States and communities could further reduce teen drinking and driving by making it more difficult for teenagers to obtain alcohol. A study of 45 communities in Oregon conducted in 2005 found that alcohol was sold to youthful-looking decoys on 34 percent of purchase attempts (Paschall et al., 2007).

According to an annual survey of young people in the United States, the perceived availability of alcohol has declined significantly among eighth and 10th graders since 1996 but has been fairly steady among high school seniors (Johnston et al., 2019). In 2018, 86 percent of high school seniors believed it was fairly easy or very easy to get alcohol. 

IIHS researchers found zero-tolerance laws difficult to enforce in some states because police must suspect that a young driver has a high BAC before administering an alcohol test for any measurable BAC (Ferguson et al., 2000). Offenders with low BACs may not display the erratic driving that leads to a traffic stop. Surveys of young people in three states found limited knowledge about zero-tolerance laws, and many of those who knew about the laws did not believe they were enforced often (Ferguson & Williams, 2002).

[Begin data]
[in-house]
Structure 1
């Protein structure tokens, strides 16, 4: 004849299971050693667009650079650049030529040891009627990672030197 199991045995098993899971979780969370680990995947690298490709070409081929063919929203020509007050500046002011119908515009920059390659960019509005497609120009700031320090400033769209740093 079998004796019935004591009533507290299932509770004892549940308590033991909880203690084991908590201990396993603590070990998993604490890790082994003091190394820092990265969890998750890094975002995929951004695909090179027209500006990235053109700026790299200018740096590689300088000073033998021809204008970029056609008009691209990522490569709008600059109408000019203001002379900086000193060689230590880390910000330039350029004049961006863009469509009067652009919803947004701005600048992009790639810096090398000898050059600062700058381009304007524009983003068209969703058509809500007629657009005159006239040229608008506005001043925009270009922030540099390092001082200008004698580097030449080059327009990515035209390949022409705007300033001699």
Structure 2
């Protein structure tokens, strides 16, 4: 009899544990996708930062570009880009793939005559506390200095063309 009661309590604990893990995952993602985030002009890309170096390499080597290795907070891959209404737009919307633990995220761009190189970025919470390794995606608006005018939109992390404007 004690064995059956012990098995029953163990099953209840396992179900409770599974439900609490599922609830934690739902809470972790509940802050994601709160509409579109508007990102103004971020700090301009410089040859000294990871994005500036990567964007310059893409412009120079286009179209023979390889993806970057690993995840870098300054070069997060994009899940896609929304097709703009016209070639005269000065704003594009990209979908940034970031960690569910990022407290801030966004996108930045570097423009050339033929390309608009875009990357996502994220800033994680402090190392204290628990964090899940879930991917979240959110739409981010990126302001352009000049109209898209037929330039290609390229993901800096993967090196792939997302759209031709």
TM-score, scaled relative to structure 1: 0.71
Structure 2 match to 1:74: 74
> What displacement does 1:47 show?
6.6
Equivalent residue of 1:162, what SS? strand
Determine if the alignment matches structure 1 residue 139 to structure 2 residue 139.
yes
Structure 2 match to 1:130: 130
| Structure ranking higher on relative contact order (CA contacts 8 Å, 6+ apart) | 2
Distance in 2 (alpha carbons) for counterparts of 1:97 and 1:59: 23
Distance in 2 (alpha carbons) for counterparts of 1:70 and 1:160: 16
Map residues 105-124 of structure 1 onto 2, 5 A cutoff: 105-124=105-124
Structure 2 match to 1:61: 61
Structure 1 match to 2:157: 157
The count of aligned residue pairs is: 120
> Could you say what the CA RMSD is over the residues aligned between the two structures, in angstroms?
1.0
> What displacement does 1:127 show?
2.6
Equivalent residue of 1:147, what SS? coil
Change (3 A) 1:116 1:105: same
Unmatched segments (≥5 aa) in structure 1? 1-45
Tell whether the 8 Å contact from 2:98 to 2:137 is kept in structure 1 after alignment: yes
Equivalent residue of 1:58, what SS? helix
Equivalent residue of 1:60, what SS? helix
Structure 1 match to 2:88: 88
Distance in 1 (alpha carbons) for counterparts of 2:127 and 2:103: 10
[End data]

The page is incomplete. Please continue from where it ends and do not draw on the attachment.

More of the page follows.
When zero-tolerance laws are enforced they can be effective. An IIHS study of Washington state's zero-tolerance law found that it increased the likelihood that an underage person would be sanctioned for drinking and driving, especially among drivers with BACs less than 0.08 percent (McCartt et al., 2007). An IIHS study in West Virginia found that a college community's program of publicized, strong enforcement of minimum alcohol purchasing age laws and drinking and driving laws, including the zero-tolerance law, was associated with significant reductions in young drivers' BACs, relative to young drivers in a comparison community without an enforcement program (McCartt et al., 2009).